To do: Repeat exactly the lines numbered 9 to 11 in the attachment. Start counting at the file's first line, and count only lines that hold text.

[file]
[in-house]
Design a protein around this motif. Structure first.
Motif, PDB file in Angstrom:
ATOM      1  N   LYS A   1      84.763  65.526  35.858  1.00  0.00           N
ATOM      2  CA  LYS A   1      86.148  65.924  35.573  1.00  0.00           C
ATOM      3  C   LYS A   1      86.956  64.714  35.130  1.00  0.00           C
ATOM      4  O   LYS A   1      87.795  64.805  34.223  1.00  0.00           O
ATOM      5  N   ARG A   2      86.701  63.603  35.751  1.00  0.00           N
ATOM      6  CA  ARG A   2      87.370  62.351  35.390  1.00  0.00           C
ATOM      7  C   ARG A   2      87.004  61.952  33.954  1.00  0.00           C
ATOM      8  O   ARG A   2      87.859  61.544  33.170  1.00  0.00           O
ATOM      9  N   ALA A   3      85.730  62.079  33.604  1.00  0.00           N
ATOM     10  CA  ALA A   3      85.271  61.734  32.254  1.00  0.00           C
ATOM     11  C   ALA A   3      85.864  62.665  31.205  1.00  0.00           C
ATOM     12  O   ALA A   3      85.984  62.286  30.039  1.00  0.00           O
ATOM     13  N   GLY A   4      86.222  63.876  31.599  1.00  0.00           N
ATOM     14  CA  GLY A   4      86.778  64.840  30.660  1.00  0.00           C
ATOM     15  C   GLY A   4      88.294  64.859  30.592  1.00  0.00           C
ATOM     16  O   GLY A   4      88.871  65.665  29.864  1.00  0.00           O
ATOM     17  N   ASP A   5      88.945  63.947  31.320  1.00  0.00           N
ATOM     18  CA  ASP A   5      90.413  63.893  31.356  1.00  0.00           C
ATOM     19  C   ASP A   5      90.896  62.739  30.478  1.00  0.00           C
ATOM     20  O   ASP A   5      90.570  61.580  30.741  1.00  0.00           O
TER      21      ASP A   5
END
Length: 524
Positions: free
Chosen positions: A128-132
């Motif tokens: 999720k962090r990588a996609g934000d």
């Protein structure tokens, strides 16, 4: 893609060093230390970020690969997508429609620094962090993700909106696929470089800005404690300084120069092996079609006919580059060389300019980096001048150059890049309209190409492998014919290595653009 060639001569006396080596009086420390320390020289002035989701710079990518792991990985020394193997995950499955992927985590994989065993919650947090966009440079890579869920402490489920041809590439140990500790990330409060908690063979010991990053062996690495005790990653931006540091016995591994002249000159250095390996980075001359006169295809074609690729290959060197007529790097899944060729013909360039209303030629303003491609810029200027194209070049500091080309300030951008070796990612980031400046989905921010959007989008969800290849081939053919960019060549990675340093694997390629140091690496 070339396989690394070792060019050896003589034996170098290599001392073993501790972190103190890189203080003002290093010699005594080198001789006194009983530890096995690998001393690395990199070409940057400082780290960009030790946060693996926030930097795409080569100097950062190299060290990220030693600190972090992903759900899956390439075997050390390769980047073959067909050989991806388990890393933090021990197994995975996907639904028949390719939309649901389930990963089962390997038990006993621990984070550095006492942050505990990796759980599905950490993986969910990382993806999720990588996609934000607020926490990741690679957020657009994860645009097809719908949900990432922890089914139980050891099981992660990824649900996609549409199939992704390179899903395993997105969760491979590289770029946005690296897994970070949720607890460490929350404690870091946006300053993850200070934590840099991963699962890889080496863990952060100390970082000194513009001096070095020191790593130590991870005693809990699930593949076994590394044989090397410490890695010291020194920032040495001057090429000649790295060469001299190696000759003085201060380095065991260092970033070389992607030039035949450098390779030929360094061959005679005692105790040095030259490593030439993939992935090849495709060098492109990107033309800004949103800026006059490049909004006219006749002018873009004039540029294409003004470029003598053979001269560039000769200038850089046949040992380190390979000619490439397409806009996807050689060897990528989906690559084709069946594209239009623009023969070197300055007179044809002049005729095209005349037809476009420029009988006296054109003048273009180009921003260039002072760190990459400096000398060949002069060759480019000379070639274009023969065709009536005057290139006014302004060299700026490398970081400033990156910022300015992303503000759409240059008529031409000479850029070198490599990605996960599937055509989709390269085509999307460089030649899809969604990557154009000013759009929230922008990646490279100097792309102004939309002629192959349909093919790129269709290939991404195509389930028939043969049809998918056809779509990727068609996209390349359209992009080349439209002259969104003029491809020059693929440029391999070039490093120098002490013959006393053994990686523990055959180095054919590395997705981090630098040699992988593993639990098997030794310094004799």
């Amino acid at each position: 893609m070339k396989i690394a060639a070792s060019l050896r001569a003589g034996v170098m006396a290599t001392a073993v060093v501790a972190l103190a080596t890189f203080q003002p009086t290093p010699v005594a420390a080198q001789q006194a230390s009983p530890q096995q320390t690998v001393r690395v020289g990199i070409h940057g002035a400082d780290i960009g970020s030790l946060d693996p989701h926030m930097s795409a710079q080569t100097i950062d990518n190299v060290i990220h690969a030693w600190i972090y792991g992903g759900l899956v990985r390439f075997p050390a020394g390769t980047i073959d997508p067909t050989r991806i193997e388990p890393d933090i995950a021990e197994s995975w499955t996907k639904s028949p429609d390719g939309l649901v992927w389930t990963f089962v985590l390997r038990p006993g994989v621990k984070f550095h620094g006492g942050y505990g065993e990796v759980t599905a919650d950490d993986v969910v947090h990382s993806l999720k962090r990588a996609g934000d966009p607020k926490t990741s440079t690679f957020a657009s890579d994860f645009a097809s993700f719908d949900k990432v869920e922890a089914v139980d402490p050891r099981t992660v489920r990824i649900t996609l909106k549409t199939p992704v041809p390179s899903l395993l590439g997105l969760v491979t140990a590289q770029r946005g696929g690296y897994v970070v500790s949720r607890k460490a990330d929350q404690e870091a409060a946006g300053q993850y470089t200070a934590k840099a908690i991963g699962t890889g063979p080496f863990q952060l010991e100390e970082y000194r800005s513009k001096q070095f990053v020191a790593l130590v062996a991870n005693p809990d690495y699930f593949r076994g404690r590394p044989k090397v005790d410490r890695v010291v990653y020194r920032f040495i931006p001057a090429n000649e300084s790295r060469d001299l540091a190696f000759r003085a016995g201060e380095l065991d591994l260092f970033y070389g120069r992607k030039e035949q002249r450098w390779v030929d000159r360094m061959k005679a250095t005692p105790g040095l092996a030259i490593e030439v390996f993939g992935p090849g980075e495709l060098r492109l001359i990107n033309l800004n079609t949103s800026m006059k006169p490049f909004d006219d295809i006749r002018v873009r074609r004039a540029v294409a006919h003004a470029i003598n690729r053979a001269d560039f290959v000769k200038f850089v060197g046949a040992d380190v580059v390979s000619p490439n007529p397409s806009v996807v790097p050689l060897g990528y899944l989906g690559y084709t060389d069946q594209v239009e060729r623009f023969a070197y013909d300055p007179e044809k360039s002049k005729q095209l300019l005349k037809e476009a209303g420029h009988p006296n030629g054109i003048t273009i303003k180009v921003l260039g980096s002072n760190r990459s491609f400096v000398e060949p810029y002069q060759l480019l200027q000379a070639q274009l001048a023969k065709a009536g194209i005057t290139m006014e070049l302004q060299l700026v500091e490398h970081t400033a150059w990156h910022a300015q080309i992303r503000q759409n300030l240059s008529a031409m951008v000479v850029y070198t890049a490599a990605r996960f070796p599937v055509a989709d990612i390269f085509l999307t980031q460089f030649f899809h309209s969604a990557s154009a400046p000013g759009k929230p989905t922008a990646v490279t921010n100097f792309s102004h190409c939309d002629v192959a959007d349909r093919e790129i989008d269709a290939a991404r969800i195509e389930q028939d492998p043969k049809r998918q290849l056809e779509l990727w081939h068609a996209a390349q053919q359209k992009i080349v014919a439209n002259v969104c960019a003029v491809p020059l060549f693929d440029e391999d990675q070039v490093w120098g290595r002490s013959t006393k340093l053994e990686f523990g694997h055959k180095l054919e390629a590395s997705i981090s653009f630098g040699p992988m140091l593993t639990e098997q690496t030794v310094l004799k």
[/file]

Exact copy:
ATOM      6  CA  ARG A   2      87.370  62.351  35.390  1.00  0.00           C
ATOM      7  C   ARG A   2      87.004  61.952  33.954  1.00  0.00           C
ATOM      8  O   ARG A   2      87.859  61.544  33.170  1.00  0.00           O